Prospective college students will soon have a new way to put institutions to the test.
The scorecard program, which President Barack Obama re- introduced during his Feb. 12 State of the Union address, will display the graduation rate, average cost of attendance per year and median loan payments expected for any institution selected, according to the White House’s web site. The new program will provide students a way to compare education costs and benefits, but university officials said the data may be skewed and other programs may present more accurate information.
While the scorecard program is new, Chancellor Rita Cheng said in an email that the university has long been up front with its costs.
The scorecard uses data provided by the U.S. Department of Education’s College Affordability and Transparency Center, but Cheng said the data isn’t quite what it’s made out to be.
“Unfortunately, much of the data is old and available from other sources, so in that way not much help,” she said. “In particular, the university’s data on tuition and fee increases is from 2007-2009 and not relevant today.”
Cheng said the scorecard’s data reflects costs for only full-time freshmen who begin their college careers at the university, and it does not include transfer or part-time students.
Families need more concise information, she said.
“In addition, the scorecard has averages and medians, not individualized information,” Cheng said. “What families need is information on how much they will pay (individually), not averages.”
Financial aid director Terri Harfst said the university has offered the same information as the scorecard to prospective students for some time.
“The university has always put everything out front for students, every part of our cost of attendance from room and board to living expenses like gas and ordering late-night pizza,” she said.
Harfst said families needed a regulated system to compare different colleges’ cost, but the scorecard isn’t necessarily the best solution. She said the shopping sheet, a new federal program that allows a school to break down its cost of attendance line by line and uses a student’s FAFSA information to determine individualized costs, is a better solution.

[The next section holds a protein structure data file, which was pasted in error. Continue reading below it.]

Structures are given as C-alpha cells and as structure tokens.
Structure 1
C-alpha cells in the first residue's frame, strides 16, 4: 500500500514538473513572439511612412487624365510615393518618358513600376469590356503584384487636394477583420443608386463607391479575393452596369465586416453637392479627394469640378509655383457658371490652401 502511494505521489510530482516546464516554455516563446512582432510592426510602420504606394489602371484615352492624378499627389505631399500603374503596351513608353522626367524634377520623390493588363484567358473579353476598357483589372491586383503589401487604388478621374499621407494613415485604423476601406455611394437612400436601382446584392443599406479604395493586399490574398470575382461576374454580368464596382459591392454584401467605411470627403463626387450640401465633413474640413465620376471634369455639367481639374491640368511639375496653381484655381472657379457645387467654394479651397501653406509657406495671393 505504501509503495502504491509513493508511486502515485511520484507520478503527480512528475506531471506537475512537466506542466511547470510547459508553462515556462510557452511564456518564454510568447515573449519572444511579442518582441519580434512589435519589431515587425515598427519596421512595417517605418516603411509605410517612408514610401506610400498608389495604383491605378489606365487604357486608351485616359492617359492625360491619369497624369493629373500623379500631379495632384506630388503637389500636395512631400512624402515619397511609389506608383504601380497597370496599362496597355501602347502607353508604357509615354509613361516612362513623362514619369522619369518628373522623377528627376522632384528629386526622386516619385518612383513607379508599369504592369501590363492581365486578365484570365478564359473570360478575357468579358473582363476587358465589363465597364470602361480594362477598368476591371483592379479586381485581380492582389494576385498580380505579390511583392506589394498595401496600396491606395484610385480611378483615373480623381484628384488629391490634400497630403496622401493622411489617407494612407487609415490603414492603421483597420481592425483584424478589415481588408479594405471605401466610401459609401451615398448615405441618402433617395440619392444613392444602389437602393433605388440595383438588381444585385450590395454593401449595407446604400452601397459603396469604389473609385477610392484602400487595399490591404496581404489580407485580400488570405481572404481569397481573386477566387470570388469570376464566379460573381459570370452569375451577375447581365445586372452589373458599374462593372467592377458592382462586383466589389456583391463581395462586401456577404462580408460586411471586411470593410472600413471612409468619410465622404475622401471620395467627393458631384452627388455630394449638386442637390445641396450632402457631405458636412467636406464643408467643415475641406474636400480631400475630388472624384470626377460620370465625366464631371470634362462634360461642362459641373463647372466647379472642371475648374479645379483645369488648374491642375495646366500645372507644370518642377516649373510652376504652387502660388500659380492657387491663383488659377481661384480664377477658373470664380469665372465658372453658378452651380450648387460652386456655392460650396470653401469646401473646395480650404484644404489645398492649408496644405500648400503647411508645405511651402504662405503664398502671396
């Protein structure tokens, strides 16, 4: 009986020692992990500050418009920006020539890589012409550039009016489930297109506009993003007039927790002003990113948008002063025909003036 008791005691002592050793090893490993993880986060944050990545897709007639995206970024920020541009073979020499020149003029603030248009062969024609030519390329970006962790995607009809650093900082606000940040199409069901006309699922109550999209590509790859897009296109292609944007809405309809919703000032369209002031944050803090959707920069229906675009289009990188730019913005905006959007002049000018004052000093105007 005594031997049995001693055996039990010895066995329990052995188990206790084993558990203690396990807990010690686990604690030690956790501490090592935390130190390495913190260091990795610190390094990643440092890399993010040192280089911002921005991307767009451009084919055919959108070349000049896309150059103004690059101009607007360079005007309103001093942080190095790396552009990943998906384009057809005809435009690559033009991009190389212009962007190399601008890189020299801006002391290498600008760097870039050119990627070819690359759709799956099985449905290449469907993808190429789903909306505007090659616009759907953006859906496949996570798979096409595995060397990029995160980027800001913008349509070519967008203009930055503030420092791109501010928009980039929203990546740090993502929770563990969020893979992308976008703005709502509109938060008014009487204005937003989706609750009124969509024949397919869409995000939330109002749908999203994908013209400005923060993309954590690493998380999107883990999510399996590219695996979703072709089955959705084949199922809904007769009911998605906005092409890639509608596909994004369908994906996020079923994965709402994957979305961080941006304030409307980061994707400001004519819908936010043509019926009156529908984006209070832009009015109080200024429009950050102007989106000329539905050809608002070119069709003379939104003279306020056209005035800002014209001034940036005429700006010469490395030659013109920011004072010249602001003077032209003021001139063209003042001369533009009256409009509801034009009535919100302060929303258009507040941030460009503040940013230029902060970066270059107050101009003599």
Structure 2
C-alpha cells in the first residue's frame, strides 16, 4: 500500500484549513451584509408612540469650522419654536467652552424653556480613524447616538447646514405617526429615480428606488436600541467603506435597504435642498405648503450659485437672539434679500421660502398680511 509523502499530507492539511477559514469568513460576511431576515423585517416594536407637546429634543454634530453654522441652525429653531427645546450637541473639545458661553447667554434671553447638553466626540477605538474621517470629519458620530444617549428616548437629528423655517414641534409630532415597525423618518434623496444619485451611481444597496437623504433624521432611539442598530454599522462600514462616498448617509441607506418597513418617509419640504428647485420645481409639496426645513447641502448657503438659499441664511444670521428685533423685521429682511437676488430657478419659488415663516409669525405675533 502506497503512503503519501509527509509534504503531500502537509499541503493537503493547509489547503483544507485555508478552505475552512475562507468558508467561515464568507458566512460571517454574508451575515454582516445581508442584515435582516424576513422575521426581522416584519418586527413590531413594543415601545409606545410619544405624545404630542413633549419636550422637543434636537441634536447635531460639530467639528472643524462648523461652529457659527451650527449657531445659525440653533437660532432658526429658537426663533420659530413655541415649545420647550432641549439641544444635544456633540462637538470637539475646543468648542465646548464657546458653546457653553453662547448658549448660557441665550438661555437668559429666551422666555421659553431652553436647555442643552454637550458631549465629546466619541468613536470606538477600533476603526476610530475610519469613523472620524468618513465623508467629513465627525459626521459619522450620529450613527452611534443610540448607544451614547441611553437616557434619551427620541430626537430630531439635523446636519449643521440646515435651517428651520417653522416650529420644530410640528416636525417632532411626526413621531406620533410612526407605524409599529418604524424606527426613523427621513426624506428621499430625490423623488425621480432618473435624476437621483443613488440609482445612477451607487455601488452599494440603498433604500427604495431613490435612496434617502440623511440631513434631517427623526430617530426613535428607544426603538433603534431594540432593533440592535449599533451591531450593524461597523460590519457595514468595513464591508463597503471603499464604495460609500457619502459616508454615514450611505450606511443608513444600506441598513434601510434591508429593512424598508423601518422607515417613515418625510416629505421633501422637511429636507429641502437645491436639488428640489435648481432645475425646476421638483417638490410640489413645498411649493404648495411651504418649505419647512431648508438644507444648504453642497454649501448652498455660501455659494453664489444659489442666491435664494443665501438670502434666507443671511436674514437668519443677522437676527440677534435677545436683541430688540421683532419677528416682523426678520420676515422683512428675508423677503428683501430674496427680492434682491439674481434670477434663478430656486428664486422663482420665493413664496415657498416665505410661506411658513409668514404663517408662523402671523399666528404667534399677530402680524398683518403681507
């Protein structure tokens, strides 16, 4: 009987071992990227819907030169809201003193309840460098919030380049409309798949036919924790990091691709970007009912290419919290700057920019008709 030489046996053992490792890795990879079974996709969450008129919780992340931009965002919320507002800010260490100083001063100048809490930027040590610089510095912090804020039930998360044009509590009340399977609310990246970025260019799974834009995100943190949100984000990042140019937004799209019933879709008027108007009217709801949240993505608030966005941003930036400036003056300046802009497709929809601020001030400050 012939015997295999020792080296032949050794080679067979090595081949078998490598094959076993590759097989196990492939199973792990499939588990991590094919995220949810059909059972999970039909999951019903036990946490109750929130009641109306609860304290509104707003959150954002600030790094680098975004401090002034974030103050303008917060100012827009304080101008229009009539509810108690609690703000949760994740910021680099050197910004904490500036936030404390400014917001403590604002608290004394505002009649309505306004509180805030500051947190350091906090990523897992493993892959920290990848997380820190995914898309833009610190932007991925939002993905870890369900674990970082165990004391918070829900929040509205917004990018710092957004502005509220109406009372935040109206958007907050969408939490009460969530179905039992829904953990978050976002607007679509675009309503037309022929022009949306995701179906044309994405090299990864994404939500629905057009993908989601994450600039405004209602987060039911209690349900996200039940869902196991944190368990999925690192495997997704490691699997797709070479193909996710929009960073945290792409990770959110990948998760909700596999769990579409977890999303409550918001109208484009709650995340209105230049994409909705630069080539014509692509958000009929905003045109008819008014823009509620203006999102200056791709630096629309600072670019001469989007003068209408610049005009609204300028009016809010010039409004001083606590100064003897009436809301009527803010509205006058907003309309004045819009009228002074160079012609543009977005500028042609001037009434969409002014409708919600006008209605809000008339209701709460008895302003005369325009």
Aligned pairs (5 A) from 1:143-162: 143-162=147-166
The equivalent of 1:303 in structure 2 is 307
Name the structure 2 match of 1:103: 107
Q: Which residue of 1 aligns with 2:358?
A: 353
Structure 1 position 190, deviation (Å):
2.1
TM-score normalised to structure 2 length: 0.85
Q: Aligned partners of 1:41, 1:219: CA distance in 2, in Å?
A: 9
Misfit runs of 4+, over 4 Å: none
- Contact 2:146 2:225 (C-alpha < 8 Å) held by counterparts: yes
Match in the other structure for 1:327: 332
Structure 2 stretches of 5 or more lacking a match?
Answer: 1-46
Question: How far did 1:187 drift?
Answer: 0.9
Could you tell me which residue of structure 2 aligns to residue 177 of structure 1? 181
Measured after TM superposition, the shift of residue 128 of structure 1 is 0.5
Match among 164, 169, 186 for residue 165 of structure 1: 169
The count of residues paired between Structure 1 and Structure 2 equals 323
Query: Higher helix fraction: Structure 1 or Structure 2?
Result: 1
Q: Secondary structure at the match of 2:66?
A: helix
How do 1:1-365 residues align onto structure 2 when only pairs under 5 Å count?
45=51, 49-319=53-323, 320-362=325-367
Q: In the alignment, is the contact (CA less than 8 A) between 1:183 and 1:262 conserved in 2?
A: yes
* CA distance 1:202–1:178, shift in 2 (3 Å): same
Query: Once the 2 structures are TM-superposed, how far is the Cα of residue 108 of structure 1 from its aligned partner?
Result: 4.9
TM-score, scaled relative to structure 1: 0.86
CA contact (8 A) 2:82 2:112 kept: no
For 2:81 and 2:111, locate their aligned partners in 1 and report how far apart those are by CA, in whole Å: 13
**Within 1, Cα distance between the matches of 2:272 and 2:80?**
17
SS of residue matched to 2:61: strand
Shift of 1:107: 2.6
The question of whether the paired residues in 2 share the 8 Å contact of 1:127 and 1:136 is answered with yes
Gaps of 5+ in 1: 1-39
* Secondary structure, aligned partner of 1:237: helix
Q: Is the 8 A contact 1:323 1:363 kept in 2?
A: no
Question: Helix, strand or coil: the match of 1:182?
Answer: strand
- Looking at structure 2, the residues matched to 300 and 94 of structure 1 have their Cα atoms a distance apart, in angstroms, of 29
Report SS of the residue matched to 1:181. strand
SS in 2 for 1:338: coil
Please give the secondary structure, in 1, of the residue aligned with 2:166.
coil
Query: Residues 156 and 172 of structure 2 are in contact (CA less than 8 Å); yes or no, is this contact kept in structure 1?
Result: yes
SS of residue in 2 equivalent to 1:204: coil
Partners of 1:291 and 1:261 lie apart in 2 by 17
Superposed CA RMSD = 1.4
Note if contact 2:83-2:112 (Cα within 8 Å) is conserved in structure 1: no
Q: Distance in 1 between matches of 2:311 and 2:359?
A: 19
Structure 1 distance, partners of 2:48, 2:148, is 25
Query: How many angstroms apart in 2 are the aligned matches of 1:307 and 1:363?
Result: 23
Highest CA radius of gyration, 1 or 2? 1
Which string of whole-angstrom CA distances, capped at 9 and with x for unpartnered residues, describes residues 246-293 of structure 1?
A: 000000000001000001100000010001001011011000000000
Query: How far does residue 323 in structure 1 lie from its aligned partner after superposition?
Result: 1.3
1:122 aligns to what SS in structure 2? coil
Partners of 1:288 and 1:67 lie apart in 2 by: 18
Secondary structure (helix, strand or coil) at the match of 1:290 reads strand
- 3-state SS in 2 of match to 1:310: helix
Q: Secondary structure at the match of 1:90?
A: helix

“The Department of Education has realized the need for these numbers to be communicated to students and families, but I believe the new shopping sheet program is more appropriate,” Harfst said.
Universities must elect to join the shopping sheet program. While it may be difficult to compare schools that participate with those that don’t, Harfst said more schools join frequently.
“Sometimes the total cost of attendance can be fairly shocking,” she said. “It’s easier to digest when it’s broken down and you can see where the money is going.”
Cheng said she does not think the new programs will negatively impact university enrollment.
“We will continue to provide our own, more individualized, information to prospective students and families,” she said. “As well as communicating the value, and relative low cost, of a degree from our university.”
While the programs seek to help families choose the right college, students have their own ideas about whether they receive enough educational value per dollar.
Sarah Niebrugge, a freshman from Teutopolis studying photojournalism, said she understands why the program is needed, but she thinks her individual education is worth the amount of money she pays for it.
“Even if the scorecard had been available when I decided to come to the university, I would still have chosen SIU,” she said.
Mark Muellner, a senior from Aurora studying criminal justice, said he thinks the scorecard program is a waste of both time and money.
“This information is already available to prospective students,” he said. “Including the announcement of a program like this during the State of the Union was not a great use of time.”
Muellner said he is satisfied with the education value the university provides. However, he said attendance costs affect him less because he received the Post 9-11 G.I. Bill, which covers tuition and fees equal to the state’s most expensive public school.
“If you’re an incoming freshman, you should absolutely be given a breakdown of exactly what college will cost you,” he said. “Not just tuition but living expenses too, and the scorecard isn’t individualized enough to help new students make this life-changing decision.”